DUBLIN, CALIFORNIA — A California Highway Patrol (CHP) officer was charged Friday with two felony counts for stealing nude photographs from the cell phones of female detainees, prosecutors said, adding that two other officers who received the photos will not face charges.
Officer Sean Harrington, 35, was charged in Contra Costa County Superior Court with two felony counts of unauthorized access to a computer and copying of computer data. Harrington, if convicted on both charges, faces a maximum of three years and eight months in prison.
Both charges stem from two separate incidents in August during which Harrington allegedly searched the phones of female detainees and forwarded their private photos to his own phone.
The first incident occurred in Livermore on August 7 and involved a 19-year-old woman who had been arrested for felony Driving Under the Influence (DUI). While she was being treated at a local hospital, Harrington allegedly searched her phone and sent private photos from her cell phone to his.
The second incident occurred on August 29 after Harrington arrested a 23-year-old woman in San Ramon, also for DUI. When she was released from the Martinez Detention Facility, the woman discovered that six explicit photos – which were stored on her iPhone – had been forwarded to Harrington. She then notified the district attorney's office.
A search of Harrington's cellphone and computer showed that the officer forwarded the photos of both women to at least two other officers at the Dublin CHP Area office, which is just southeast of San Francisco.
"Based on our review of the evidence gathered to date, the Contra Costa County District Attorney's Office will not be filing criminal charges against any other CHP officer," the Contra Costa County District Attorney's Office said. "Should additional evidence later be obtained that an officer violated the law; he/she will be prosecuted to the full extent of the law."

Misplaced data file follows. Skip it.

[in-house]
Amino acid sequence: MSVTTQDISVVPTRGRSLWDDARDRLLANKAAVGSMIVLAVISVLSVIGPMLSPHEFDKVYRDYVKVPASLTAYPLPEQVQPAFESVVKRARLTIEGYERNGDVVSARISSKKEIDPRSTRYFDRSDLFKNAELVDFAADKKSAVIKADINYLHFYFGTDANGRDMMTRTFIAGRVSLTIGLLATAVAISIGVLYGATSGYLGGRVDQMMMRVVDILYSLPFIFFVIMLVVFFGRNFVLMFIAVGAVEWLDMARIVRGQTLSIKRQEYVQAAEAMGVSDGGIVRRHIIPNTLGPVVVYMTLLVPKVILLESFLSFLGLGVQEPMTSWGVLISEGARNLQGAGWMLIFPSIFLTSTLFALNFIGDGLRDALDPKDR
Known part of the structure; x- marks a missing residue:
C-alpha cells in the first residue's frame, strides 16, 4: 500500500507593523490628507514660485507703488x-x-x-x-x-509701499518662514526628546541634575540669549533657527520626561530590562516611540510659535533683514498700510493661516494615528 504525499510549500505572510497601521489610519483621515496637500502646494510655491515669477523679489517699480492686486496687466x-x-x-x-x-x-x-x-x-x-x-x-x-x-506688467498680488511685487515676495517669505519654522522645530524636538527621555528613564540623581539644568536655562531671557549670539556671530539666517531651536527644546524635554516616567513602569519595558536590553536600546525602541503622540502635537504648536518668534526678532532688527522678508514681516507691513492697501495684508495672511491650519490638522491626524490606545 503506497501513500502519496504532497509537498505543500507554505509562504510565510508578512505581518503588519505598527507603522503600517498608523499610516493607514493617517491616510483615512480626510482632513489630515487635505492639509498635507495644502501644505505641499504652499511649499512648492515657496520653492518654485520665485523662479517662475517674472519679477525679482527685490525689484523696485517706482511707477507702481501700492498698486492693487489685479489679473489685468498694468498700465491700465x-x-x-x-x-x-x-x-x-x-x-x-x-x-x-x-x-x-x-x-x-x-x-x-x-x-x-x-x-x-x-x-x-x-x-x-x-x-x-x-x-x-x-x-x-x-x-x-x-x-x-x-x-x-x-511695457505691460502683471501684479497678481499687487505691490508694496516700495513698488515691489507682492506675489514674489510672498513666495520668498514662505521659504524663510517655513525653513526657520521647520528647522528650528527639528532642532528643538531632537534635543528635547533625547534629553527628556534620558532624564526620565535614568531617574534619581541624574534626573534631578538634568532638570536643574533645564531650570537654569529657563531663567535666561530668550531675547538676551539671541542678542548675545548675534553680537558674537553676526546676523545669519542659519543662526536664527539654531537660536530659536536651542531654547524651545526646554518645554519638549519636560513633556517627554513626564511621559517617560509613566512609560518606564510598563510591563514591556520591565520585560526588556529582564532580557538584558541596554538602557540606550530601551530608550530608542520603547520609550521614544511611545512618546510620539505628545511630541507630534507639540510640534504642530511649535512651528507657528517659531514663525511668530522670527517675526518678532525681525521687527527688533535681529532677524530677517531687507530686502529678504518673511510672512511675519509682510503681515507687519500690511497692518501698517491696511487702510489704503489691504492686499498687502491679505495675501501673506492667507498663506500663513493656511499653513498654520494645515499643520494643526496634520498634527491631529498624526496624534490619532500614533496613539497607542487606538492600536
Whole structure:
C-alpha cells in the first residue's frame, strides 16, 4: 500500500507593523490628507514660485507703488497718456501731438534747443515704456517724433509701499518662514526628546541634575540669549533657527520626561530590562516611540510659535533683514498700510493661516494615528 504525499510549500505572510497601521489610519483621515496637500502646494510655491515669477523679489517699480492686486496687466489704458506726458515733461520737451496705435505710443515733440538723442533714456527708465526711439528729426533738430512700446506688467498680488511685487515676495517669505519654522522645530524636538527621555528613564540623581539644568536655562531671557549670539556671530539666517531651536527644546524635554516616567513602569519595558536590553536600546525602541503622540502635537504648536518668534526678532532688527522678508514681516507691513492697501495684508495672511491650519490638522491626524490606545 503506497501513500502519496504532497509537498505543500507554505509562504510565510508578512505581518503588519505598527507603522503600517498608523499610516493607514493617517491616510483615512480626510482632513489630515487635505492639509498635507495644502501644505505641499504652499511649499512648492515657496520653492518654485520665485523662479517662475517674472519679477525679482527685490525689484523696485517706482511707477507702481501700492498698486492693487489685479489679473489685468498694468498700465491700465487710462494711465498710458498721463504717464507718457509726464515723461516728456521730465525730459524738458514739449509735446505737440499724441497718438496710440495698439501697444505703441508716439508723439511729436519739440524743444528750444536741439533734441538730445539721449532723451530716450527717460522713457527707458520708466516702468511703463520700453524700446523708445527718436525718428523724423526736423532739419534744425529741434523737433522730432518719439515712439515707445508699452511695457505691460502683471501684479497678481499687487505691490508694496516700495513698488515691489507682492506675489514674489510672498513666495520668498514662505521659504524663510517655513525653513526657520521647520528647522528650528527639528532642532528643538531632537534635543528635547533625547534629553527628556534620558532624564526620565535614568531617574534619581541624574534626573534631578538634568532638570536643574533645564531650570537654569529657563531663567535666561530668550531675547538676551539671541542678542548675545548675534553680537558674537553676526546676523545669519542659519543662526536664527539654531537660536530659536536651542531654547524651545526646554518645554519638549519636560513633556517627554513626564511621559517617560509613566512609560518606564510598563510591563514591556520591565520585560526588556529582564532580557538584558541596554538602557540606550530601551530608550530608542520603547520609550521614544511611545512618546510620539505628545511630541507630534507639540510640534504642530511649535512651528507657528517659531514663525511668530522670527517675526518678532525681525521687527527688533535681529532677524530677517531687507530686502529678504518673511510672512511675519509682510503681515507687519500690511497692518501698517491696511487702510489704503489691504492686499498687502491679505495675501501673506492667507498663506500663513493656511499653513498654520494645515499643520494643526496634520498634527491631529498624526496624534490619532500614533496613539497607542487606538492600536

Avery Browne, the chief of the CHP Golden Gate Division, reiterated Friday that he was disappointed with Harrington's alleged behavior and said it does not reflect on the professionalism of other officers. He said the agency will continue its administrative investigation into the allegations and take "appropriate action," which may include dismissal.
"As an organization we expect the highest level of integrity and moral strength from everyone in the California Highway Patrol, and there is no place in our organization for individuals who chose to manipulate the law and departmental policy for their person gain," Browne said. "His behavior does not reflect the professionalism of the thousands of members of the California Highway Patrol who pledge to provide indispensable safety, service, and security to the people of California."
Browne, speaking at a late-night news conference on October 25, had said he was "disgusted" by the allegations of misconduct. "When I read the accounts and responses that were mentioned in the search warrant documents, the callousness and depravity with which these officers communicated about women is dehumanizing, horribly offensive, and degrading to all women," he said.
Harrington previously admitted to investigators that he had stolen photos belonging to about "half a dozen" female arrestees over the past several years, adding that his conduct was part of an ongoing "game" among officers. Browne, however, has insisted that the misconduct was confined to the Dublin CHP Area office alone.
In late June, the U.S. Supreme Court unanimously ruled that law enforcement officers cannot search the cell phones of individuals when they are arrested if police do not have a search warrant to do so. Since the landmark ruling in favor of electronic privacy, officers are only allowed to examine a phone's physical aspects to eliminate any potential physical threats.